Public lecture by Richard Kieckhefer: The Mystical Presence of Christ

February 23, 2011 - 17:30 - 19:00
Event type: 
Event audience: 

The Department of Medieval Studies

of Central European University

cordially invites you


to the public lecture of



Richard Kieckhefer

Northwestern University




The mystical presence of Christ: individual experience and communal culture
in late medieval sources



at 17:30 p.m. on Wednesday, February 23, 2011

CEU- Faculty Tower, # 409

Budapest, V. Nádor u. 9.


Much has been written about visionary experiences related in sources from late medieval Germany and England, but fundamentally important questions remain: How do non-visual encounters with Christ, the locutions and dialogues which in many sources are more frequent than visions, relate to visionary experiences? How do the sources that relate either visionary or non-visual experiences of Christ negotiate the tension between the singularity of the mystical virtuosa and her integration into a community? Most basically, how does the "mystical manifestation" of Christ's presence (the miraculous event, accessible to the privileged few) relate to his "spiritual presence" (his ordinary and indeed ubiquitous presence, accessible in principle to ordinary devout Christians in prayer)? This paper will approach these issues in the context of significant case studies, including Margery Kempe and selected examples from the German sister books.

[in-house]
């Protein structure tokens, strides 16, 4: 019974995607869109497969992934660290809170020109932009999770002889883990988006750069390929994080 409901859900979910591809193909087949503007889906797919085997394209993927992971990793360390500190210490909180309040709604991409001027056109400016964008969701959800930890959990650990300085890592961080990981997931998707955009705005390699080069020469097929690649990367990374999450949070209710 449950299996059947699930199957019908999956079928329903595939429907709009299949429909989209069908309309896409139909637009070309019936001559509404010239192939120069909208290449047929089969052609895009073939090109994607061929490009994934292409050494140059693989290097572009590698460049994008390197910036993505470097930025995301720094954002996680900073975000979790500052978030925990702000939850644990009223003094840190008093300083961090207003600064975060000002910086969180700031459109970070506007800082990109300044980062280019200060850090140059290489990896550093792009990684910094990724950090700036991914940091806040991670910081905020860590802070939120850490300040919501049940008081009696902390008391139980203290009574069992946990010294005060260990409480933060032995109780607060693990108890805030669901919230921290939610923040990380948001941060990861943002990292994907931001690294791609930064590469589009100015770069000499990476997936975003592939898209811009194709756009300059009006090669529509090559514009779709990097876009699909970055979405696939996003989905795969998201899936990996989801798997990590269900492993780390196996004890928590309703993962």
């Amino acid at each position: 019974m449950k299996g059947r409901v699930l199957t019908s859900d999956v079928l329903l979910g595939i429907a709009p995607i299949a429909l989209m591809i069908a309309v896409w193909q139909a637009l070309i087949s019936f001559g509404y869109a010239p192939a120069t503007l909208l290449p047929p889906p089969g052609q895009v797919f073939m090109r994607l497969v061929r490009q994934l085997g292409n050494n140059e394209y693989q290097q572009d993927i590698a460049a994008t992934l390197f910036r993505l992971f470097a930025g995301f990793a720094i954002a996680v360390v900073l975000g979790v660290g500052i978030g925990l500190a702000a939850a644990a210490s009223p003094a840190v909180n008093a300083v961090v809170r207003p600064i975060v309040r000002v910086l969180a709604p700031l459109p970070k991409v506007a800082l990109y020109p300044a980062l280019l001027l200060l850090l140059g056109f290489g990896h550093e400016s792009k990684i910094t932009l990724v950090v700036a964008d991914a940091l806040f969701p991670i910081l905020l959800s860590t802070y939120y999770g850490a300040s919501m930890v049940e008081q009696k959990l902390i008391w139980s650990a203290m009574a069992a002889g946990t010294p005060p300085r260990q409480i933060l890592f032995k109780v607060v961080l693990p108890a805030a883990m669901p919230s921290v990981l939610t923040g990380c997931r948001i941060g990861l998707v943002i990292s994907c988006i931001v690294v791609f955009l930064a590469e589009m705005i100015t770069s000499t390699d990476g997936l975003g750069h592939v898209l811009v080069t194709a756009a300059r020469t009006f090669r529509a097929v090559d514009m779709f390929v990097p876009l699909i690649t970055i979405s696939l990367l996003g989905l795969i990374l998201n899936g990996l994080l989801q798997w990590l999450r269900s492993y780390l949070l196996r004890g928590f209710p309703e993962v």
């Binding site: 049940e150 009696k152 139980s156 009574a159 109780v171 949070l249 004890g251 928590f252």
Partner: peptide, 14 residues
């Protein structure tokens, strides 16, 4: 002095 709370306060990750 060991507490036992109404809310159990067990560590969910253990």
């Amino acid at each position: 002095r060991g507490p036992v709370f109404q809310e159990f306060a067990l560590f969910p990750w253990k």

Richard Kieckhefer teaches in Religious Studies and in History at Northwestern University, as one of a cluster of medievalists who specialize in the religious culture of the late medieval West. He has published on various aspects of that culture, including the history of witchcraft and magic and the history of church-building. One constant theme underlying his work is the relationship between individuals and the communities to which they belong, and the ways in which a sense of community is engendered and sustained precisely in the face of difference. His interest in "the mystical presence of Christ" arises out of that broader concern. In some ways he returns here to themes of his book Unquiet Souls (1984), but the interplay of individuals, subgroups, and communities can be seen also in Magic in the Middle Ages (1989), Forbidden Rites (1997), and even Theology in Stone (2004).